“The starting point is having a non-invasive MRI protocol to evaluate brain temperature,” Wang said. “And the project’s first goal using MRI – chosen for its non-invasive and high resolution qualities – will be to understand thermal properties in normal states of the brain, then move on to pathological states. So we are actually coming up with a MRI compatible cooling helmet that we are going to study inside the scanner.”

The helmets will also be included in ground and air ambulances and employed by emergency responders who have been trained in their use for head trauma and stroke patients. Wang foresees it also being used in the hospital for surgeries and eventually for treating brain disorders and follow-up treatment for brain injury.

“I also want to explore the cooling therapy in an ambulatory setting, in that a patient would be able to wear it at home for a given frequency and time and would it improve their cognitive ability,” Wang said. “In a patient with coronary artery bypass, we’ll use this to protect the brain when the heart is stopped for the surgery. We will also use it for people who have a lot of post-concussion, post-traumatic stress disorder to see if chronic application of this will sort of alleviate some of the long term consequences.”

Some of those long-term consequences Wang hopes to deal with through the creation of injury centers that would address specific aspects of brain injury, such as stroke, concussion, or memory-related issues. This project is currently in the proposal stage and would include collaboration between the University of Illinois and Carle Hospital.

Wang also helped lead an effort at Carle to create a Primary Stroke Center that was certified in 2010 for cerebrovascular and stroke interventions. He works at Carle with Dr. William Olivero, a fellow neurosurgeon and Beckman faculty member who Wang says has served as his mentor, and who recruited him to Illinois.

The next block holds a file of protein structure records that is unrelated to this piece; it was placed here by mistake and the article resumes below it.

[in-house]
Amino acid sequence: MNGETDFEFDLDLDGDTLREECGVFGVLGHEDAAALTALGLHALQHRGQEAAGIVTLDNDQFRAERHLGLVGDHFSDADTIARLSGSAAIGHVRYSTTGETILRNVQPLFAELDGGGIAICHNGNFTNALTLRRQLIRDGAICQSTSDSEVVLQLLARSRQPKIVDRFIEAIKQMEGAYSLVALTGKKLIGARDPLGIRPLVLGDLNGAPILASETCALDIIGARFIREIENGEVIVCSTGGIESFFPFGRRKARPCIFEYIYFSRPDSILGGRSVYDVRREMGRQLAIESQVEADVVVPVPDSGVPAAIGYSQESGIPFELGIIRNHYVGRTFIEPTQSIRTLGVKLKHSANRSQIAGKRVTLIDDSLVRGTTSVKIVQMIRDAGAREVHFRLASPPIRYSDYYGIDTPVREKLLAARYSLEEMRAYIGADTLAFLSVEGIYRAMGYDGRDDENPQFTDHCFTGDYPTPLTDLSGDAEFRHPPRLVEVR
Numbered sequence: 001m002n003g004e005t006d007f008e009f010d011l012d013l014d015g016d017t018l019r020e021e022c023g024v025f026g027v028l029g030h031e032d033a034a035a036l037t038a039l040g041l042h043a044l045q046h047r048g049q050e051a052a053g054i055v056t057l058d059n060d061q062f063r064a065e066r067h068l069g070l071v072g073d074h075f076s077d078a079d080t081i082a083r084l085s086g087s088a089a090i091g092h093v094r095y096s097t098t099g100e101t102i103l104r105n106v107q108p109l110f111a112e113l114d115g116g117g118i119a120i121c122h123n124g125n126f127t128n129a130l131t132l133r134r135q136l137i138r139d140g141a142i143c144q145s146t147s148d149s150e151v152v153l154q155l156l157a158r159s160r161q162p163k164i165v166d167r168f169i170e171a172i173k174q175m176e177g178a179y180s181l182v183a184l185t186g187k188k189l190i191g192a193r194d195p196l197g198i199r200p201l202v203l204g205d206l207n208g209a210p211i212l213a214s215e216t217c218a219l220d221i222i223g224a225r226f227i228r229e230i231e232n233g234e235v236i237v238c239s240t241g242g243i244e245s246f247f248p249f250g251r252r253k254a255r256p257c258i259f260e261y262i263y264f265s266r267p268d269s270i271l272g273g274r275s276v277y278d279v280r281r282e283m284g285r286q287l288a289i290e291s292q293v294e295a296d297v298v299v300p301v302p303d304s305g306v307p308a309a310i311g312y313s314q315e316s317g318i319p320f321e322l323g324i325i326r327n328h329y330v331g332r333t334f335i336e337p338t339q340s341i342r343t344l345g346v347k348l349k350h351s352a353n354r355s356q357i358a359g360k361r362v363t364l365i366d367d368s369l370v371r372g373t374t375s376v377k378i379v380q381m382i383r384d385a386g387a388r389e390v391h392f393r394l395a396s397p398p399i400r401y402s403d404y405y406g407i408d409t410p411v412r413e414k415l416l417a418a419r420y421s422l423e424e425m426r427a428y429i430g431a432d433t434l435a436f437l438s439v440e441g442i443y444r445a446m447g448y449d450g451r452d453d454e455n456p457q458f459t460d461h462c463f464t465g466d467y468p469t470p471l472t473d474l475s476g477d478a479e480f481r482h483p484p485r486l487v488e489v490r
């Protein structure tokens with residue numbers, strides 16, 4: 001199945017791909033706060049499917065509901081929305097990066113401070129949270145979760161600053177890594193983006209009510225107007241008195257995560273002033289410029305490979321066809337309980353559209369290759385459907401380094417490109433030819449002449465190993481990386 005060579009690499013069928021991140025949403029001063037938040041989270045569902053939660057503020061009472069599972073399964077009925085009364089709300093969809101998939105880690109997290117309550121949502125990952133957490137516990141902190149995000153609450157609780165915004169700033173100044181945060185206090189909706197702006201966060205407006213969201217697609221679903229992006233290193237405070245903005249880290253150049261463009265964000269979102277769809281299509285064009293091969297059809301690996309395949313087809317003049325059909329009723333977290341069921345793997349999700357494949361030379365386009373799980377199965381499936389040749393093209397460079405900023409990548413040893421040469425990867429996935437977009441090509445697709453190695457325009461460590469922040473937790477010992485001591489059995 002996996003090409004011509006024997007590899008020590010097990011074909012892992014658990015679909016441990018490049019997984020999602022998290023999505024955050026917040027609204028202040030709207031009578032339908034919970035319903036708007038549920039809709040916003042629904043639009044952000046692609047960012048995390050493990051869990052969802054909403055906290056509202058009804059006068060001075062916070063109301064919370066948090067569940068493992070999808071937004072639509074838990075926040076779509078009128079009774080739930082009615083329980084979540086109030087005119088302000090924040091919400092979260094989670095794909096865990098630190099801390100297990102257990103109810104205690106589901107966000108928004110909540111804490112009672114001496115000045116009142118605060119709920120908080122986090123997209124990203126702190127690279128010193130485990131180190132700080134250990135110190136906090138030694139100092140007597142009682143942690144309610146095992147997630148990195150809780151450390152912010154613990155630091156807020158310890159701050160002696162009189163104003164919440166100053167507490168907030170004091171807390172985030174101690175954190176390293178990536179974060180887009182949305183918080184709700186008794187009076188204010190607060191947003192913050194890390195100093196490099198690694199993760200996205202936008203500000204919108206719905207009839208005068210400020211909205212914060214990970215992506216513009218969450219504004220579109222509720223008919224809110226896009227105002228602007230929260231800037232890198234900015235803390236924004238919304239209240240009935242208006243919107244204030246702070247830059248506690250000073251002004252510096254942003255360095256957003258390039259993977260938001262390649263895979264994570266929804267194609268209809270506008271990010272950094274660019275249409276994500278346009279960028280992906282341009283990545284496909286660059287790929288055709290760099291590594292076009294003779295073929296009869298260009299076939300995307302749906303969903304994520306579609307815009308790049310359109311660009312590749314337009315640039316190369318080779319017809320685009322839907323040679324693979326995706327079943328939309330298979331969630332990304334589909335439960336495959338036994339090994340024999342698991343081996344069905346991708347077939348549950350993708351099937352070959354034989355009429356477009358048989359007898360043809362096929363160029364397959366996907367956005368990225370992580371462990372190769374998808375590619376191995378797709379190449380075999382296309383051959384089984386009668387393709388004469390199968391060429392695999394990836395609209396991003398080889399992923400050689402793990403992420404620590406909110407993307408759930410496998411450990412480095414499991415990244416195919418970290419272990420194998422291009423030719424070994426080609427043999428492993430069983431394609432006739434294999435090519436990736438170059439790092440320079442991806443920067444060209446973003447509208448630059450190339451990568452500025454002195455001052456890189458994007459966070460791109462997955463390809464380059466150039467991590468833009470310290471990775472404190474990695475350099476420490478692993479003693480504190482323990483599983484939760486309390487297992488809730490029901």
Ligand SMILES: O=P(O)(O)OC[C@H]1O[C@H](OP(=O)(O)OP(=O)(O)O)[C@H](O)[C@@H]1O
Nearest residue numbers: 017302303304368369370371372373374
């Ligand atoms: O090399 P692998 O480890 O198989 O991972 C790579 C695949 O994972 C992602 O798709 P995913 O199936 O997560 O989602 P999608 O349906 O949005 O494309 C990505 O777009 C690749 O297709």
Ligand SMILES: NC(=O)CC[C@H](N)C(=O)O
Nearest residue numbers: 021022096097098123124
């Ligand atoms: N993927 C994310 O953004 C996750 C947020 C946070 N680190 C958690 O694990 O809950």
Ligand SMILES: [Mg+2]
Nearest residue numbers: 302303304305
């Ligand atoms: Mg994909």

“He was heavily influential in my growth,” Wang said. “He’s been mentoring me, encouraging me, inspiring me, and he’s always been there for me.”

As if all the research and physician’s work weren’t enough, Wang also teaches. Wang, who earned his M.D. at the University of Kentucky and served his internship at the University of Illinois College of Medicine in Peoria, is an Assistant Professor here in the College of Medicine.

The myriad of endeavors are geared toward one goal, Wang said.    

“What happens is that if we simply help individual patients, it makes a huge difference for that given individual, but we are not making any difference in public health,” Wang said. “But if you ever come up with an effective treatment protocol, a structure, even an infrastructure that’s meaningful for head trauma patients, then that can be replicated elsewhere, as long as you have proven efficacy for that given population. That will change public health.”

This article is part of the Fall 2011 Synergy Issue, a publication of the Communications Office of the Beckman Institute.